Tip #4: Create A Top 10 List Of Amenities and Prioritize Them

When shopping for a home, list the features (fireplace, fenced-in yard, new appliances, etc.) that are most important to you in deciding on which home to buy. Establishing “your criteria” early on will save time shopping for inappropriate homes and may keep you from buying a home on a whim. As detailed in Tip #3, your top reason for buying a home should be the value you are getting as well as the location and lifestyle change you are searching for. Some of your top 10 amenities should logically be sacrificed if an incredible value is available and the location is right.

Tip #5: Fixed vs. Adjustable Rate Mortgages

Adjustable rate mortgages have an initial fixed rate, which is followed by a period of adjustment intervals during which the rate adjusts based on the performance of several key indexes. Typically the initial fixed rate on an ARM is slightly lower than the comparable rate of a fixed rate mortgage.

Fixed rate mortgages allow buyers to take out a long term loan without having to worry about changing interest rates or monthly payments. Most fixed rate loans are offered in either 15 or 30 year terms.

Most buyers will be well served by a fixed rate loan, but each situation is unique. While ARM loans have become less popular in recent years, they can still be a viable option for some buyers – especially those who plan on selling again in the short term.

Whichever loan you choose; make sure that you scrutinize all the closing costs. By law, your loan officer must provide you with a Good Faith Estimate and Truth-in-Lending Disclosure Statement.  If you are required to have a mortgage escrow account and private mortgage insurance, make sure you understand the terms and cancellation procedures. Also, make sure there are no prepayment penalties so that you can utilize an accelerated mortgage plan. A good mortgage reduction plan can save you tens of thousands in interest costs, and shorten your loan term, with only small extra principal payments. If you experience negative changes in your job, health, or marital status, you can revert to the standard payments in your mortgage contract.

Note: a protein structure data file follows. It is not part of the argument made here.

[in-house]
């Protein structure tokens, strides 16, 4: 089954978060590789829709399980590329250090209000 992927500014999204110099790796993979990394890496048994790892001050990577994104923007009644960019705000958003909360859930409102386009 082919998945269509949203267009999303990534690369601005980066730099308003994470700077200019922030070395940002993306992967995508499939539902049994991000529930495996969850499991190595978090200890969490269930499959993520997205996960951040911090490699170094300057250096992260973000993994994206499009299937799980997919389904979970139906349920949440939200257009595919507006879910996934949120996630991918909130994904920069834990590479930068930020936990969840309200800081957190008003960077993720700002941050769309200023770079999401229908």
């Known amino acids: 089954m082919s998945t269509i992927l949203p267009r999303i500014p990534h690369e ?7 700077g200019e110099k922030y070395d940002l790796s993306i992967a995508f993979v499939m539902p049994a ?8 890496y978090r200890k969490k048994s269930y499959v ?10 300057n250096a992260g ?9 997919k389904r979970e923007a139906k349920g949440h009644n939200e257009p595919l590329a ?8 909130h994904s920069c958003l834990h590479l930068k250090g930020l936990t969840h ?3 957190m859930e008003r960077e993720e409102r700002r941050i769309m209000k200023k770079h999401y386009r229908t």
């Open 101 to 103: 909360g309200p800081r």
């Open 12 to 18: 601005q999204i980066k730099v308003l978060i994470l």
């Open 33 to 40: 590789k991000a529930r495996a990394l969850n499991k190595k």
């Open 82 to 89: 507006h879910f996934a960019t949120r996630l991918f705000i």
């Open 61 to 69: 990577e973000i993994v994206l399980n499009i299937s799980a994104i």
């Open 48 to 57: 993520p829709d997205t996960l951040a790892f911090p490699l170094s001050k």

Tip #6: Sign A Contract That Protects You

Make sure that the contract you put on a house allows you to arrange financing, inspect the home and negotiate any problems that you uncover. Obtaining a Residential Service Contract that has certain warranties helps, but be sure to look over a Seller’s Disclosure statement carefully if there is one. This disclosure tells you everything that the Seller knows and, perhaps, doesn’t know about the property you are interested in. Ensuring that the contract you sign will minimize potential legal battles will let you swim in your new pool with your family, friends, and neighbors instead of with the sharks. Ask if you are not sure. As a qualified and licensed Buyer’s Agent Representative, my loyalties are to you, the Buyer, not the Seller, and best of all…my services are FREE to you!!!

Tip #7: Put Yourself In The Seller’s Shoes

You are about to make one of the most important decisions that will affect both your life and the life of the seller. If you take time to understand the reasons the seller bought the home, their reasons for selling (which is sometimes hard to find out), and the home improvements they have or have not made, you’ll be in a better position to evaluate the home and negotiate a better deal. This is usually an emotional time for the Seller as well as you.

Tip #8: Develop A Mortgage Shopping Chart